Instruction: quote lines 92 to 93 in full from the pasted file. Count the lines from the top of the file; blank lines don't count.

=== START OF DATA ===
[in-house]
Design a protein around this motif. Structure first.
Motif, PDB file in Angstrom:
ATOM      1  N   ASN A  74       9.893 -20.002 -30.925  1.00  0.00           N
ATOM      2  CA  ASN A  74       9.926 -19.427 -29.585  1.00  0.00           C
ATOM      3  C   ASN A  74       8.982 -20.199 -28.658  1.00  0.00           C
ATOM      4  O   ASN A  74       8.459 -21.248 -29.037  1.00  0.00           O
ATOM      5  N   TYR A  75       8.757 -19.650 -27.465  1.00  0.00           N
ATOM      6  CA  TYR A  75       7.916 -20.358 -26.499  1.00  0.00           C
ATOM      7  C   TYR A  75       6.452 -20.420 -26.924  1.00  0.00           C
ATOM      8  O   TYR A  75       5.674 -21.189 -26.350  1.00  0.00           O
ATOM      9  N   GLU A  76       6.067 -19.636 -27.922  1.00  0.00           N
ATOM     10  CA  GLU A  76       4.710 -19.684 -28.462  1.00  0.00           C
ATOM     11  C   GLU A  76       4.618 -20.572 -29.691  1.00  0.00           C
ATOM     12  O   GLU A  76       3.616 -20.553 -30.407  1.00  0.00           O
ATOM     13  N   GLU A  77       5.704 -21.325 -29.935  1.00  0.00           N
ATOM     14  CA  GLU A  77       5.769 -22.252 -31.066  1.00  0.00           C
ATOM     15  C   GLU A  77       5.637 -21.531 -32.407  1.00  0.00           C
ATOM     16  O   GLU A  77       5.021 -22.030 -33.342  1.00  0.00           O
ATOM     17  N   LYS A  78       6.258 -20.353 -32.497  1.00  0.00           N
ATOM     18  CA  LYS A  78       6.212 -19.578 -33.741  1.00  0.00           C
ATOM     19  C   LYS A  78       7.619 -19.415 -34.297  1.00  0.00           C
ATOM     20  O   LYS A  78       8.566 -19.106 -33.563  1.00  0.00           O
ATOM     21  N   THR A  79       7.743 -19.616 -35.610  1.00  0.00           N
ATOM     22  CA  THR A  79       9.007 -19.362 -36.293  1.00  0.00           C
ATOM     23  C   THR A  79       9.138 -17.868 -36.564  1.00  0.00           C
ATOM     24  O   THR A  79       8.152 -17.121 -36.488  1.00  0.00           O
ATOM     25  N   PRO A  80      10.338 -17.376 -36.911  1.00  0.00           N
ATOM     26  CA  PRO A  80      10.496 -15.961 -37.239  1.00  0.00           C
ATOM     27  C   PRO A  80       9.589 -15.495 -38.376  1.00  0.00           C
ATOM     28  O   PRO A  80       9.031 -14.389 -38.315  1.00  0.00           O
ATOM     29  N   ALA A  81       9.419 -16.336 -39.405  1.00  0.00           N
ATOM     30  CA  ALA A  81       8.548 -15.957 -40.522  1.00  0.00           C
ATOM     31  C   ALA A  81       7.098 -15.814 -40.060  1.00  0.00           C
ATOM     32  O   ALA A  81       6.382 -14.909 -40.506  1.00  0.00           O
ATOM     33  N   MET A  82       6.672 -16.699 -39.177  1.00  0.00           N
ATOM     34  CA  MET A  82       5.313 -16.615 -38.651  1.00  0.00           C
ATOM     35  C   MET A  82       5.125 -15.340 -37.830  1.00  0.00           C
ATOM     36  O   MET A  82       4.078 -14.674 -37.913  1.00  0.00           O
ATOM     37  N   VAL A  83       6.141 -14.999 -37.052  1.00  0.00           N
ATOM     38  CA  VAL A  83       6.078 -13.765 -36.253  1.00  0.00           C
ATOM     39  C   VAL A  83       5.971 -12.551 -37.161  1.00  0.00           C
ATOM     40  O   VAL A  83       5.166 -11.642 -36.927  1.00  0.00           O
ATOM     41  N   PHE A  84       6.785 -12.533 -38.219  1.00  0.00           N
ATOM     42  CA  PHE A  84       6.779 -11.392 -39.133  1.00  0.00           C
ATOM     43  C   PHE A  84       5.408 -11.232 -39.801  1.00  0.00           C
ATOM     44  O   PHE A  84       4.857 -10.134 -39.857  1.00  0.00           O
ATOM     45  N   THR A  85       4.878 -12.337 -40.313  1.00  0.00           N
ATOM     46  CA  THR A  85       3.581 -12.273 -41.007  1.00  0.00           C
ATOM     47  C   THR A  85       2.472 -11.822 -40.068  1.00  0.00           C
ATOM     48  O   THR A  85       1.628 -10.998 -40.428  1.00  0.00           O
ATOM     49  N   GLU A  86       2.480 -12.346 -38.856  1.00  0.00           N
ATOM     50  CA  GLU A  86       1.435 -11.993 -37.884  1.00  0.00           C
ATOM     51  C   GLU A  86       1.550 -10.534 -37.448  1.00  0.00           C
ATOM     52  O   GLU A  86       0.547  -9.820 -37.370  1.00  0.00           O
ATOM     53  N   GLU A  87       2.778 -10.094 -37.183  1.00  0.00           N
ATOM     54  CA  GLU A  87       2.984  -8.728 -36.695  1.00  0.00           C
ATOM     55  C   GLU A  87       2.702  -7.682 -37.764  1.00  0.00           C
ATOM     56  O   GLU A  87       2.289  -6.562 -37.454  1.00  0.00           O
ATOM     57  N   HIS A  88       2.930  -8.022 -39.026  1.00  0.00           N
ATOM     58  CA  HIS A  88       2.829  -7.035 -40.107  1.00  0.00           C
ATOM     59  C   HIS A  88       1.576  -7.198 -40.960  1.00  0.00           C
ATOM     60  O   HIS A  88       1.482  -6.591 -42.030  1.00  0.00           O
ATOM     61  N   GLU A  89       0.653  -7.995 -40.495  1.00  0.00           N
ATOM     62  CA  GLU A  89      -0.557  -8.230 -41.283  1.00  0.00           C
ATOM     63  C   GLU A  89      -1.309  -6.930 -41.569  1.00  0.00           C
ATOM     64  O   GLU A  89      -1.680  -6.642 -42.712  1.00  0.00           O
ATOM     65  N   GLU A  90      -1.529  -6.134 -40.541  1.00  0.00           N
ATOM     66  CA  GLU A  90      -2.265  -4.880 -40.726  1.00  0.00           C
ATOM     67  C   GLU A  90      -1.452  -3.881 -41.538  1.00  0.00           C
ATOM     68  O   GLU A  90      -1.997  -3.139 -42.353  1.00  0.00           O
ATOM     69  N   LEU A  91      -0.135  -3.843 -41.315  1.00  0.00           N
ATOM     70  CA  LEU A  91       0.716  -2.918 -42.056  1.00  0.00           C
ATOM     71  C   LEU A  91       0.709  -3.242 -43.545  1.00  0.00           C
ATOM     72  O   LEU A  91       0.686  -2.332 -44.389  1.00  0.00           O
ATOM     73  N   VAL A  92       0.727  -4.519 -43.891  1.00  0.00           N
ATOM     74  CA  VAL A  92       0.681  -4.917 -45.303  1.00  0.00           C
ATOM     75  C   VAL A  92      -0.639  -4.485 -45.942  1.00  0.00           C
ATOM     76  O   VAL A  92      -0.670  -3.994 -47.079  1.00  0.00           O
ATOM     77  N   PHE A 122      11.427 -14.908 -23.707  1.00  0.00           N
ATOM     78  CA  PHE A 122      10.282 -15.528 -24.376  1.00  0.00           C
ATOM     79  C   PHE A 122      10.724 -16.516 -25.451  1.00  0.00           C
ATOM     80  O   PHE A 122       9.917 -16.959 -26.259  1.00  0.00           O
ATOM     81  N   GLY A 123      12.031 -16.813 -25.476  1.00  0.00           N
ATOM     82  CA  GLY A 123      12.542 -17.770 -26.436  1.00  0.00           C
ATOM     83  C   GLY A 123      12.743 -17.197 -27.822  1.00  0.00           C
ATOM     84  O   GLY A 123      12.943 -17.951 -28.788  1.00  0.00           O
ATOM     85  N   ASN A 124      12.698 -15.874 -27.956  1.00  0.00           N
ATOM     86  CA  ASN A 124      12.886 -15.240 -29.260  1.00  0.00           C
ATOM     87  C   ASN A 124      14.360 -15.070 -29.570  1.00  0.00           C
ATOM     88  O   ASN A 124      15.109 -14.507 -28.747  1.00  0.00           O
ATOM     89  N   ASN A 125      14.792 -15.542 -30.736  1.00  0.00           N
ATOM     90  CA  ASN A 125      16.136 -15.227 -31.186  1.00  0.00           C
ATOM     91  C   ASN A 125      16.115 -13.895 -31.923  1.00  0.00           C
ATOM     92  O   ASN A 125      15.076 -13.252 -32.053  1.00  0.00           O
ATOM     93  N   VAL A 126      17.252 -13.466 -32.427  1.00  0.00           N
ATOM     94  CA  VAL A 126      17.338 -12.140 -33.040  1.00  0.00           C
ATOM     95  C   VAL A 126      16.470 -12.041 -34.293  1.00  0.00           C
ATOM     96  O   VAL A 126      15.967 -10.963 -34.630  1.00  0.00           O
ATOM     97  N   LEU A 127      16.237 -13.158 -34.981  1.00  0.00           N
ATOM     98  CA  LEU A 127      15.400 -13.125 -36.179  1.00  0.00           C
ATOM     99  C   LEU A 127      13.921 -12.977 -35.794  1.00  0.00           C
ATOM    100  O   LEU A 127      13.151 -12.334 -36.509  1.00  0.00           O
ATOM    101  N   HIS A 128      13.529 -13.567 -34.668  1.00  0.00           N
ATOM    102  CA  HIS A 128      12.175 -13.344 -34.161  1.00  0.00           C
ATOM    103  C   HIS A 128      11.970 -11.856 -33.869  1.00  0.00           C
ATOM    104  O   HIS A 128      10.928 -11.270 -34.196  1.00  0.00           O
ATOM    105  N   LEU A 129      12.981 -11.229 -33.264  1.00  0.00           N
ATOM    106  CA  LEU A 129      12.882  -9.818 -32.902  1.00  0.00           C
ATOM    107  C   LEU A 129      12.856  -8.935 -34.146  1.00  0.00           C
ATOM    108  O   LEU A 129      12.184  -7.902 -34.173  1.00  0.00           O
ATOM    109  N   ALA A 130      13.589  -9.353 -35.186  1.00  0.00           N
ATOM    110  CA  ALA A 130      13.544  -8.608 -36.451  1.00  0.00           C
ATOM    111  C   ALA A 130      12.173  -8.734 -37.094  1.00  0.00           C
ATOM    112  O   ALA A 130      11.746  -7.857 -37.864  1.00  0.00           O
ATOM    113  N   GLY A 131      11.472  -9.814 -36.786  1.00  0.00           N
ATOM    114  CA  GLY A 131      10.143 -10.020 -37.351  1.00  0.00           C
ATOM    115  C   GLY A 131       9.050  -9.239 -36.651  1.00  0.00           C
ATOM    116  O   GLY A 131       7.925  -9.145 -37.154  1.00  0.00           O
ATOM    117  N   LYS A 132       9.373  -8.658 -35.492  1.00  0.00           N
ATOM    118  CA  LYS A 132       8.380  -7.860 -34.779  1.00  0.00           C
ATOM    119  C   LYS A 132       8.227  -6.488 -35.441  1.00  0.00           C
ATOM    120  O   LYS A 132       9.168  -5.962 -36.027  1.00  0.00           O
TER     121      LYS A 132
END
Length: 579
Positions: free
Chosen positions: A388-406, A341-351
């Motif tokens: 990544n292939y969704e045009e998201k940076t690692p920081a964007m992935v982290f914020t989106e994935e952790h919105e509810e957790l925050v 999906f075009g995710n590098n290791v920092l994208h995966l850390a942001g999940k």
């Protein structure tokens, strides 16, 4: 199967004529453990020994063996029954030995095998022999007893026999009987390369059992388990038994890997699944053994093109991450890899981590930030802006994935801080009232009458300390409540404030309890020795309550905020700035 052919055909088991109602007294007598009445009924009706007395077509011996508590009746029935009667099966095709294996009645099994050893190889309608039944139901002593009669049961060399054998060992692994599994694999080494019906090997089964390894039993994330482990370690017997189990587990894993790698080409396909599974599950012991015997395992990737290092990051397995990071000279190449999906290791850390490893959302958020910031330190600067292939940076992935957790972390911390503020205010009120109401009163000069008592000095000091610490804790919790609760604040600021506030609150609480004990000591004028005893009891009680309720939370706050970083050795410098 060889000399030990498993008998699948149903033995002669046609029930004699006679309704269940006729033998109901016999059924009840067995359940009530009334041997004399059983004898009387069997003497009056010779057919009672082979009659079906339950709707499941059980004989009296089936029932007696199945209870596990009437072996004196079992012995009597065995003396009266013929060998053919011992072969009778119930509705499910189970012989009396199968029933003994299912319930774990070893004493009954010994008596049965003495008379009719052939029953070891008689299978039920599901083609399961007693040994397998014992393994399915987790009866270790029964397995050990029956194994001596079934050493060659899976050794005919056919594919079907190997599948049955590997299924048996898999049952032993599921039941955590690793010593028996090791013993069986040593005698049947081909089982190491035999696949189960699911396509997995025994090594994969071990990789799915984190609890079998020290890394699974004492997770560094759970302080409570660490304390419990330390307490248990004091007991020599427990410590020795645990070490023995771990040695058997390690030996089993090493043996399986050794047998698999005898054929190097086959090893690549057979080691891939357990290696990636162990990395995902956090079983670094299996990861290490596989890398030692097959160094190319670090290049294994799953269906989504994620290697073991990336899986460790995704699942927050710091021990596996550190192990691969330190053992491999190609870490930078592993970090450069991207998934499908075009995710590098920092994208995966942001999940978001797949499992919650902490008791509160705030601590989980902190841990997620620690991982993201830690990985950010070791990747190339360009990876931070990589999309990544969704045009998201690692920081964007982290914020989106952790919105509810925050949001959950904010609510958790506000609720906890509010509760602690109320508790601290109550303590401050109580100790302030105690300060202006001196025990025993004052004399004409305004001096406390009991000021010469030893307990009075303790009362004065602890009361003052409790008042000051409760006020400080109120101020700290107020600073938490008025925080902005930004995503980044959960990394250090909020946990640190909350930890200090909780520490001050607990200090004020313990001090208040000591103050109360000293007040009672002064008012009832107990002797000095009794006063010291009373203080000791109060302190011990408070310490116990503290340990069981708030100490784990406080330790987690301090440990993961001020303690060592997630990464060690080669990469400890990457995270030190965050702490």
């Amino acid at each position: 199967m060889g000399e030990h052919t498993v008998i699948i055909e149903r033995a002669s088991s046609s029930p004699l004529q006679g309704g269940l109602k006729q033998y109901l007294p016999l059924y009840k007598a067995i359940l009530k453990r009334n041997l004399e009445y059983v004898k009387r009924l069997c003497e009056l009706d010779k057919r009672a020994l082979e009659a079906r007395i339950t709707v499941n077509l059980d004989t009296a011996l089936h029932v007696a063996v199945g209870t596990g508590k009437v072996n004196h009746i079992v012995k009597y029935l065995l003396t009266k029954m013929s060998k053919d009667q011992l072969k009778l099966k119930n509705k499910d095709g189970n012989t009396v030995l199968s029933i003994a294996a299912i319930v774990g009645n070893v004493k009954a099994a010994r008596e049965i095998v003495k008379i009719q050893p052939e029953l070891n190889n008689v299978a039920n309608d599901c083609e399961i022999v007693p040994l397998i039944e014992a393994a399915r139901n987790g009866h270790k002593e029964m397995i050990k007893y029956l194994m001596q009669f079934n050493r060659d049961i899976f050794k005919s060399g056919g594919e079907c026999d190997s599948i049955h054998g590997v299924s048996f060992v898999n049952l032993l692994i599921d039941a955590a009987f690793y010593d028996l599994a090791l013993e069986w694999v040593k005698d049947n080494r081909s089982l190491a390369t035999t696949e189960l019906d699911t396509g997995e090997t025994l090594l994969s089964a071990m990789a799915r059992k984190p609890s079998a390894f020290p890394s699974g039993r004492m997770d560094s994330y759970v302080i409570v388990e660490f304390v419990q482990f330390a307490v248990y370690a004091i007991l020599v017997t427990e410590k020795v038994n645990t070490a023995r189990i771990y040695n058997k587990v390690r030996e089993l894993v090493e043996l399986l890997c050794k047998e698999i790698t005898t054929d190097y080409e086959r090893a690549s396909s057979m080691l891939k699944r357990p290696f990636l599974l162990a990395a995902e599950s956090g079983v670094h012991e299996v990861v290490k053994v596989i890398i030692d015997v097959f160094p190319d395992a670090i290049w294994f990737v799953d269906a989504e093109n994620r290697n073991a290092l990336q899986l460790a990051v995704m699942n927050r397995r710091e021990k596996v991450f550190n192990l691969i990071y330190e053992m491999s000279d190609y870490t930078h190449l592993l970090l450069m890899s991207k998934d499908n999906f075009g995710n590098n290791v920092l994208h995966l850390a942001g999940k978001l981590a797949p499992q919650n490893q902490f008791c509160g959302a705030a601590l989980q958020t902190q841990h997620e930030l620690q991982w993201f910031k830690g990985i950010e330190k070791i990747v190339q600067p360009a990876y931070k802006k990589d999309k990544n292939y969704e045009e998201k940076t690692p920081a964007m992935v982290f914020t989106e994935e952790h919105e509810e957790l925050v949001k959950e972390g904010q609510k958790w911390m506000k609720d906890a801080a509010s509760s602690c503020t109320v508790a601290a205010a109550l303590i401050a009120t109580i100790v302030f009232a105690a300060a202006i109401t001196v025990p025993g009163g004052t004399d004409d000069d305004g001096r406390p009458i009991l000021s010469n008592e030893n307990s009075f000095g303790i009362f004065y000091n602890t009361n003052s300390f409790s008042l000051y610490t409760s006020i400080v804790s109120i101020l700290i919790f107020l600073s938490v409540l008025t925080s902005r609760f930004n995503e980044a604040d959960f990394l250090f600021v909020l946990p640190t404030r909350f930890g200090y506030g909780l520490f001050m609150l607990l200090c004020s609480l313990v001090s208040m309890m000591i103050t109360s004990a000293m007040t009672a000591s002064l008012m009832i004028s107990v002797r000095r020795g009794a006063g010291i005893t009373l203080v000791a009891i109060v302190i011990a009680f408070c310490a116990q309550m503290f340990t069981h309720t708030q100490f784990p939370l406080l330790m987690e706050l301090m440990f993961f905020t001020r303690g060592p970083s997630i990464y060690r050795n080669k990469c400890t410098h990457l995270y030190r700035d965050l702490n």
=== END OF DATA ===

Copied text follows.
ATOM     89  N   ASN A 125      14.792 -15.542 -30.736  1.00  0.00           N
ATOM     90  CA  ASN A 125      16.136 -15.227 -31.186  1.00  0.00           C